The county's attorneys say the Legislature intended the statute to be a quick means to acquire property for public projects while still upholding the due process rights of individuals.
The Cobb County v. Robertson case involved the property next door to Adkins' law firm on Canton Road, in relation to the same public works project. Adkins represented the owner of the property in that case.
As part of the Canton Road Corridor Improvements project, completed in 2011, the county built sidewalks and other improvements along Canton Road from the northern end of the Canton Road Connector north to the Cobb/Cherokee County line.
Adkins has owned the half acre property since 1980. He said he sold Whitfield an interest in it in the mid 1990s, when the two became law partners before Whitfield was appointed to the juvenile court bench in December 2004, joining three other judges.
weren't these two guys so up in arms about an larger slice of their propoerty being taken when the state came through and widened Canton Road from three lanes to five lanes back in the mid 1990's?
Adkins and Whitfield acknowledged being served on March 1, 2010, with papers informing them that a portion their property would be condemned and taken for the sidewalk. On March 31, 2010, they responded to the papers, protesting the condemnation and filing a rule nisi, which called for a hearing in which the county would explain why they needed the property.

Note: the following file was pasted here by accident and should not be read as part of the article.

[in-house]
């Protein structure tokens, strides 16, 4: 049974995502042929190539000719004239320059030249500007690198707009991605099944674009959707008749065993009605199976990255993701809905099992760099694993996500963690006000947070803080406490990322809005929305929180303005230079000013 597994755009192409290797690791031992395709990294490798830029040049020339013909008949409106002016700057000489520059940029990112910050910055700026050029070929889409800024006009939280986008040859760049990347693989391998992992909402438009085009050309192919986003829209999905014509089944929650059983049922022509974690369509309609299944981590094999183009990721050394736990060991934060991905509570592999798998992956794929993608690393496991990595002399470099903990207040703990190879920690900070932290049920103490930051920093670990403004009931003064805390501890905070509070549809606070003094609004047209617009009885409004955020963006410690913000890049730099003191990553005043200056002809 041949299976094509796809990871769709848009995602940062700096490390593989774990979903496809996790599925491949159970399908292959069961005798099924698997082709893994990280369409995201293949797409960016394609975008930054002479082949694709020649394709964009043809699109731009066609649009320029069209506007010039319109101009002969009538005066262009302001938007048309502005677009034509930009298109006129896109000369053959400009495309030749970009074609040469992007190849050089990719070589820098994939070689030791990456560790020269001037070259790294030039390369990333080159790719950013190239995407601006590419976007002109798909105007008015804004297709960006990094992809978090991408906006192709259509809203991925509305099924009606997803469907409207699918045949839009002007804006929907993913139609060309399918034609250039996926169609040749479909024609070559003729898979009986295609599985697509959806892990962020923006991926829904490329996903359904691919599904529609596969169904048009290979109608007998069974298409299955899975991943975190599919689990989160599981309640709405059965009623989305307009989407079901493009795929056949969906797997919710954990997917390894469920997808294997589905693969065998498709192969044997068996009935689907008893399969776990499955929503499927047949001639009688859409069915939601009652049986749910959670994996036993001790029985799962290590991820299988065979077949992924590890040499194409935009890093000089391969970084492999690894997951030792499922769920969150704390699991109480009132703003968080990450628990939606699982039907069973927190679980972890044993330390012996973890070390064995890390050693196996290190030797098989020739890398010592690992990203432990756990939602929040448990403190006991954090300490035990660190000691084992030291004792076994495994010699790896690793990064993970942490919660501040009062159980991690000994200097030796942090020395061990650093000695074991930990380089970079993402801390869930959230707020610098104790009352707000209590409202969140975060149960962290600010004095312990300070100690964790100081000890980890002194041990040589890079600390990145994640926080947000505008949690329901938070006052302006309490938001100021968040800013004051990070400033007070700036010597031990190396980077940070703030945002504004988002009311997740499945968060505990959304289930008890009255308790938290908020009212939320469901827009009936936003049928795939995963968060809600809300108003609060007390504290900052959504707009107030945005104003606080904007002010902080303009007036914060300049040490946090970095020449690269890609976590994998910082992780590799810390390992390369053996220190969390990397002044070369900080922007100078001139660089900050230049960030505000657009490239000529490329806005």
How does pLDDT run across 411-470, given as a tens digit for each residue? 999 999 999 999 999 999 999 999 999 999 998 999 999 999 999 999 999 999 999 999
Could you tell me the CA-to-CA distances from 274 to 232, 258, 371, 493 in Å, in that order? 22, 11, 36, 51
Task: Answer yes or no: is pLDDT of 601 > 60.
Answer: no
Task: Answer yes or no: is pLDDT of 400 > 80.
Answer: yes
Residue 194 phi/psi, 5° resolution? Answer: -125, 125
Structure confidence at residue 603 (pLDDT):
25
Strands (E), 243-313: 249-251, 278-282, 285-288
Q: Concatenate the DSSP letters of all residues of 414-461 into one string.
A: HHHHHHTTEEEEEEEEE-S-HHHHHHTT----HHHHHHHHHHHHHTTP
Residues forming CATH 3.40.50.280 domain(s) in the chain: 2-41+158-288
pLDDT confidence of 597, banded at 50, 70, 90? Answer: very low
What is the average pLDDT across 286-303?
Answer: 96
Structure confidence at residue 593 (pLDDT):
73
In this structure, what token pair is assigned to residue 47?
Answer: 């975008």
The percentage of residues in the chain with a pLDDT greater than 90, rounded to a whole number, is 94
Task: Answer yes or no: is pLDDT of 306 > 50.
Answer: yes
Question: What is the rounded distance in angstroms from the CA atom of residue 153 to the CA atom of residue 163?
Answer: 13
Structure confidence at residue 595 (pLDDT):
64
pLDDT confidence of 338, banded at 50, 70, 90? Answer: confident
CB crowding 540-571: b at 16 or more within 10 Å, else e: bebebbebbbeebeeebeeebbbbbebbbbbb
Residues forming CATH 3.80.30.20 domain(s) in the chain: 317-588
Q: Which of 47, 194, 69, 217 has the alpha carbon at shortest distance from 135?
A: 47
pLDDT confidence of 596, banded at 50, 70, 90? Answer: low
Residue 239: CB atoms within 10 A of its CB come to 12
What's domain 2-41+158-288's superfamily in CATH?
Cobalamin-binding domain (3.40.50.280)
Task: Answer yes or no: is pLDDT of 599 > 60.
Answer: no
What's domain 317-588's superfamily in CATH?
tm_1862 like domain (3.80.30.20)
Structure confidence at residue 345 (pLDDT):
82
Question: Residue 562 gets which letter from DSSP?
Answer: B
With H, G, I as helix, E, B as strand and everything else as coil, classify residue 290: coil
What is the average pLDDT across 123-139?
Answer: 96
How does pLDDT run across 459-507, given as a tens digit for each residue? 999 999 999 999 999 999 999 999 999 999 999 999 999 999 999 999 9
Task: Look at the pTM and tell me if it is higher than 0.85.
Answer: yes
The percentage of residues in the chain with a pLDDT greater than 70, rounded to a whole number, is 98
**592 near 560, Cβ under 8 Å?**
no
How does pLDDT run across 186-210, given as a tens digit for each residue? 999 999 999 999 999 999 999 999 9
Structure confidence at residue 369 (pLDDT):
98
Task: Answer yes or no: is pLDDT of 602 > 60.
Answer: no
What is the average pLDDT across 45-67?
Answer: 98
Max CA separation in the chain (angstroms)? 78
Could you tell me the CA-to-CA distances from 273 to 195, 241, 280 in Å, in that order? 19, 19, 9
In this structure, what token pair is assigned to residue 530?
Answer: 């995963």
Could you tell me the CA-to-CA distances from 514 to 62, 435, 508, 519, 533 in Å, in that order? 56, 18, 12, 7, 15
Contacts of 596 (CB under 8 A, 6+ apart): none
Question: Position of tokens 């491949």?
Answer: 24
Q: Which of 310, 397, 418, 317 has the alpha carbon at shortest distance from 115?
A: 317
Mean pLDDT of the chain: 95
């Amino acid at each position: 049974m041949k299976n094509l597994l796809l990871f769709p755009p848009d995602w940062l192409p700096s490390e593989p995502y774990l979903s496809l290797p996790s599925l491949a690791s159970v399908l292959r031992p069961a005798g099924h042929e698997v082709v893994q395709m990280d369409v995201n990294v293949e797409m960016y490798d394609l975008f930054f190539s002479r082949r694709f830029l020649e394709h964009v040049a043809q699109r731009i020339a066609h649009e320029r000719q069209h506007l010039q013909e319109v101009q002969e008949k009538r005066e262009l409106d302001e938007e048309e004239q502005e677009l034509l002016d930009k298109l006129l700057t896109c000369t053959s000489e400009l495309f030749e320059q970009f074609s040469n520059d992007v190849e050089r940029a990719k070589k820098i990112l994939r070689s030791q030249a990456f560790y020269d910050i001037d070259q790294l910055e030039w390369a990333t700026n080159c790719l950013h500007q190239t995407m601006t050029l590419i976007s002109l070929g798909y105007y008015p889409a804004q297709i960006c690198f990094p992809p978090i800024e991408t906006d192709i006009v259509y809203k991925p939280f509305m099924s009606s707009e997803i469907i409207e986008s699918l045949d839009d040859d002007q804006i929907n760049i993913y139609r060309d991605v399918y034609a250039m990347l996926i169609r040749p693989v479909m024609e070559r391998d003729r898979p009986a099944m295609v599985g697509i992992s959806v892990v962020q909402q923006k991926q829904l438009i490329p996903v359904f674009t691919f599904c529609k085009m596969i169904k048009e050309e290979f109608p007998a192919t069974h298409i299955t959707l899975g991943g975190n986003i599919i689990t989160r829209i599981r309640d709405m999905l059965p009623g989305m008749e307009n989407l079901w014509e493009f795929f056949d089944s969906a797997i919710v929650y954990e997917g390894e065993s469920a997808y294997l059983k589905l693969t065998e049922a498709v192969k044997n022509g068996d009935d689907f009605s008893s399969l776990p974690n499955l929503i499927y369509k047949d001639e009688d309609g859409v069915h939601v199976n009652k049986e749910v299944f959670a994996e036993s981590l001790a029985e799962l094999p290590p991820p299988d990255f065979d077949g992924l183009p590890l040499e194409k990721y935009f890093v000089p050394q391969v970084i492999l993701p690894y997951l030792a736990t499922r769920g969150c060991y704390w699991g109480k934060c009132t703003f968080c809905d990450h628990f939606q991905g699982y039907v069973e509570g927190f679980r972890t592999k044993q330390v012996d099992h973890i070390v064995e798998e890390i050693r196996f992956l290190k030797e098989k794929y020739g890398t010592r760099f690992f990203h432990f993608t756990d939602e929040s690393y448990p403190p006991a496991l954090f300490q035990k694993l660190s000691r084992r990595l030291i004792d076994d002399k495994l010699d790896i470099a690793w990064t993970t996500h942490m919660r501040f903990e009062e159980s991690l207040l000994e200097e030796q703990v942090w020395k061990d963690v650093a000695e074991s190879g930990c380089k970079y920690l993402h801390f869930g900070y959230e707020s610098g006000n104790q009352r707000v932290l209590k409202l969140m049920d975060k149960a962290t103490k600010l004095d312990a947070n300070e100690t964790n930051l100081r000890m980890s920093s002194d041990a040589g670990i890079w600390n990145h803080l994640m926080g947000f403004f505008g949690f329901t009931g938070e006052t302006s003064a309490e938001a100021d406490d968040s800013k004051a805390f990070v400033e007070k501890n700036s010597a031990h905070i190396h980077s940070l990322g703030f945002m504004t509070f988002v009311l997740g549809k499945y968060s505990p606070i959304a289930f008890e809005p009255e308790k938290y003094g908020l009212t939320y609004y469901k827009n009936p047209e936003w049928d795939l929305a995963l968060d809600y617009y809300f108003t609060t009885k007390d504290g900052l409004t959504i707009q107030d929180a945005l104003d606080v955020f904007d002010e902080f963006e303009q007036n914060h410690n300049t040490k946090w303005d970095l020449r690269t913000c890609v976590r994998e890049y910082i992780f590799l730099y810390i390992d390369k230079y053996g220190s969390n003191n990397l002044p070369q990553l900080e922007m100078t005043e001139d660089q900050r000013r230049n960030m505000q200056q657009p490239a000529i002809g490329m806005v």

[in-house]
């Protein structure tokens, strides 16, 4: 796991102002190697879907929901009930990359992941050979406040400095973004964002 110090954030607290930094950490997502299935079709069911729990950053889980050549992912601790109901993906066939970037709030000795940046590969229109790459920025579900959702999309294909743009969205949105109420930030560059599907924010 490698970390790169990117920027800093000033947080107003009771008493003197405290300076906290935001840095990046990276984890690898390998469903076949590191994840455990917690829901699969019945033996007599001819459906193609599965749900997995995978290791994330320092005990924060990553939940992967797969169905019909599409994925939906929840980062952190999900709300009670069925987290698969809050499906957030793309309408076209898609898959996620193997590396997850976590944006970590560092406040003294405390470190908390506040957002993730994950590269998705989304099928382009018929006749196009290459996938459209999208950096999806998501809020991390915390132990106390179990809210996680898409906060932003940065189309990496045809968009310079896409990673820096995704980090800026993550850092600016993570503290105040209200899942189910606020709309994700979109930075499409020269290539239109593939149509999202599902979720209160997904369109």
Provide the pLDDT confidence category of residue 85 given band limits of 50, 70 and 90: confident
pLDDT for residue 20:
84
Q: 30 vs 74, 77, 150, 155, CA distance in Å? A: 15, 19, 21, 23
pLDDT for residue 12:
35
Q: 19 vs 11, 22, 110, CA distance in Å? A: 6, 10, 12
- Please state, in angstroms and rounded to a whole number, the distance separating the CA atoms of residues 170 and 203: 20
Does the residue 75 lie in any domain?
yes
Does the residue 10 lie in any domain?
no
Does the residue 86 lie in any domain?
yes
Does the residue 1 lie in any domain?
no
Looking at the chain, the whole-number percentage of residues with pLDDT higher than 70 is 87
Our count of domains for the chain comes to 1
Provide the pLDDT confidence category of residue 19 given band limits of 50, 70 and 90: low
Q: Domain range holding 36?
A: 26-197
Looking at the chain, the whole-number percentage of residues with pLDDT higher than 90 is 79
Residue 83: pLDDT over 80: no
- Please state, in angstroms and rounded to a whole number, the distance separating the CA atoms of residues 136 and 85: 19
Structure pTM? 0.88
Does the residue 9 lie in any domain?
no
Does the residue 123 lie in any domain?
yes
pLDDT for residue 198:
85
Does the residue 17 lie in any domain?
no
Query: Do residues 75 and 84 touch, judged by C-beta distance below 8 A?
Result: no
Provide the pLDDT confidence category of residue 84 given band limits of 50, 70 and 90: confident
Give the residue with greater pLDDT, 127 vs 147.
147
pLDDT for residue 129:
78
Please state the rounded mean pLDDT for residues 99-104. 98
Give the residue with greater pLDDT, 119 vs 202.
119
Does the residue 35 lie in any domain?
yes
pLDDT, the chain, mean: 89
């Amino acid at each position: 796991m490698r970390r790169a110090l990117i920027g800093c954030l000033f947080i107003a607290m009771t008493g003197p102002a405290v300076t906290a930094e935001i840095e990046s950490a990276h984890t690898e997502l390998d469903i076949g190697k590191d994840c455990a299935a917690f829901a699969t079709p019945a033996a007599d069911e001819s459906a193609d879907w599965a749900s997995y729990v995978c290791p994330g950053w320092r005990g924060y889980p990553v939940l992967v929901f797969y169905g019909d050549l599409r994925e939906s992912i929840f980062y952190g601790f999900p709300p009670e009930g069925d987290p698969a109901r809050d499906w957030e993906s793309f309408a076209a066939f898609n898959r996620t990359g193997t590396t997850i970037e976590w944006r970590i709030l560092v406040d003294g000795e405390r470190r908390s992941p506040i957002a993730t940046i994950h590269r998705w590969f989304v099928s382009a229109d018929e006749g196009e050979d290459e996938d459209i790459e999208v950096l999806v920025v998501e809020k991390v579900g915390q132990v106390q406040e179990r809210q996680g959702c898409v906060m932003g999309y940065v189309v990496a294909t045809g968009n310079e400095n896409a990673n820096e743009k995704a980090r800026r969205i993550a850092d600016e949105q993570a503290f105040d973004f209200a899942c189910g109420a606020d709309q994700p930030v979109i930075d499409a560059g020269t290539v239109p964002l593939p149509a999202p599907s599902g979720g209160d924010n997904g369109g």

We have a local government totally out of control.
"The (state) Court of Appeals recently ruled in a case right beside our property which I'm representing that code section doesn't say what the county think it says," said Adkins.
Smyrna will be trying to take a property by eminent domaine at Monday nites meeting. It is a totally UNnecessary, UNbeneficial Nike Sports Bra Uk
The hearing was set for May 11, 2010.
Sidewalk case going to Ga Supreme Court
Adkins said the law allows the county to delay serving the papers and prevent landowners from challenging a condemnation.
On April 26, 2010, the county field a motion to dismiss the case, arguing that under state law, Adkins and Whitfield only had until March 12, 2010, to submit their petition and have a hearing. The county's attorneys, Marietta lawyers Dana Jackel and Christopher Phillips, say that the two were actually served long before March 1, 2010, because they were extended a professional courtesy and mailed a copy of the declaration on Jan. 12, 2010, the day after it was filed. The two waited more than 45 days before acknowledging getting the papers, they say.
Under Georgia law, section 32 3 11 (c), "Such hearing shall be had not earlier than 15 days from the time of service of the rule nisi upon the condemnor, nor later than 60 days from the date of filing of the declaration of taking."
Whitfield declined to comment on the case. Jackel also declined to speak to the Journal, citing county policy regarding pending litigation.
Is there some kind of payday in store for them if the court rules in their favor?
Russell Adkins Jr. and Cobb Juvenile Court Judge James Whitfield argue they were denied their constitutional rights when the county government said it was taking a portion of their property on Canton Road for a public works project.